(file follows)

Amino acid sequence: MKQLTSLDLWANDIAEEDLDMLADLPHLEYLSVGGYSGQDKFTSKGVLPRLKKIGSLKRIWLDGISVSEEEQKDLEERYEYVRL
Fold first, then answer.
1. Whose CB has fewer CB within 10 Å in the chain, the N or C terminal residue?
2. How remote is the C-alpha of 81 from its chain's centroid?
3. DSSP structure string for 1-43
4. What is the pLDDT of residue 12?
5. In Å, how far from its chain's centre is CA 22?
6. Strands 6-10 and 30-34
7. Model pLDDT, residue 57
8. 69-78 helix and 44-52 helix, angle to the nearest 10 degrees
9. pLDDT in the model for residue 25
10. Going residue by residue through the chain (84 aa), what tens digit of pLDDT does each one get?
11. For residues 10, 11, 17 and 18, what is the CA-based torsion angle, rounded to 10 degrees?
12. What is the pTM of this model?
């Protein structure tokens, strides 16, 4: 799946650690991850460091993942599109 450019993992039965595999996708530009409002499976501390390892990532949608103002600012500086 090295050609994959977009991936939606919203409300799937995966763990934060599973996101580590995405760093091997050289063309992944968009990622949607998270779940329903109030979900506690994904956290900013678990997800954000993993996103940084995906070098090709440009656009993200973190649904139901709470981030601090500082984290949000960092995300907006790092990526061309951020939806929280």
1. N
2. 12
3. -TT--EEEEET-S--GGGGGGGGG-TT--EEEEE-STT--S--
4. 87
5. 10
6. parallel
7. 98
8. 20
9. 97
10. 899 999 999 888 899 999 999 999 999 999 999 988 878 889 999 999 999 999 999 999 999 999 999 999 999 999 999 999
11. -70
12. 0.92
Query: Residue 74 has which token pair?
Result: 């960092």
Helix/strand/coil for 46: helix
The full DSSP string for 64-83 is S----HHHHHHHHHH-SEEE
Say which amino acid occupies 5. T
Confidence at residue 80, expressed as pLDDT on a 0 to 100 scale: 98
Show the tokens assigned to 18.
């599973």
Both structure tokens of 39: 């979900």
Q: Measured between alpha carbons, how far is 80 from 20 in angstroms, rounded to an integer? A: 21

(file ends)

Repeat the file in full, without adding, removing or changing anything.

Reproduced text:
Amino acid sequence: MKQLTSLDLWANDIAEEDLDMLADLPHLEYLSVGGYSGQDKFTSKGVLPRLKKIGSLKRIWLDGISVSEEEQKDLEERYEYVRL
Fold first, then answer.
1. Whose CB has fewer CB within 10 Å in the chain, the N or C terminal residue?
2. How remote is the C-alpha of 81 from its chain's centroid?
3. DSSP structure string for 1-43
4. What is the pLDDT of residue 12?
5. In Å, how far from its chain's centre is CA 22?
6. Strands 6-10 and 30-34
7. Model pLDDT, residue 57
8. 69-78 helix and 44-52 helix, angle to the nearest 10 degrees
9. pLDDT in the model for residue 25
10. Going residue by residue through the chain (84 aa), what tens digit of pLDDT does each one get?
11. For residues 10, 11, 17 and 18, what is the CA-based torsion angle, rounded to 10 degrees?
12. What is the pTM of this model?
């Protein structure tokens, strides 16, 4: 799946650690991850460091993942599109 450019993992039965595999996708530009409002499976501390390892990532949608103002600012500086 090295050609994959977009991936939606919203409300799937995966763990934060599973996101580590995405760093091997050289063309992944968009990622949607998270779940329903109030979900506690994904956290900013678990997800954000993993996103940084995906070098090709440009656009993200973190649904139901709470981030601090500082984290949000960092995300907006790092990526061309951020939806929280």
1. N
2. 12
3. -TT--EEEEET-S--GGGGGGGGG-TT--EEEEE-STT--S--
4. 87
5. 10
6. parallel
7. 98
8. 20
9. 97
10. 899 999 999 888 899 999 999 999 999 999 999 988 878 889 999 999 999 999 999 999 999 999 999 999 999 999 999 999
11. -70
12. 0.92
Query: Residue 74 has which token pair?
Result: 């960092």
Helix/strand/coil for 46: helix
The full DSSP string for 64-83 is S----HHHHHHHHHH-SEEE
Say which amino acid occupies 5. T
Confidence at residue 80, expressed as pLDDT on a 0 to 100 scale: 98
Show the tokens assigned to 18.
């599973």
Both structure tokens of 39: 């979900």
Q: Measured between alpha carbons, how far is 80 from 20 in angstroms, rounded to an integer? A: 21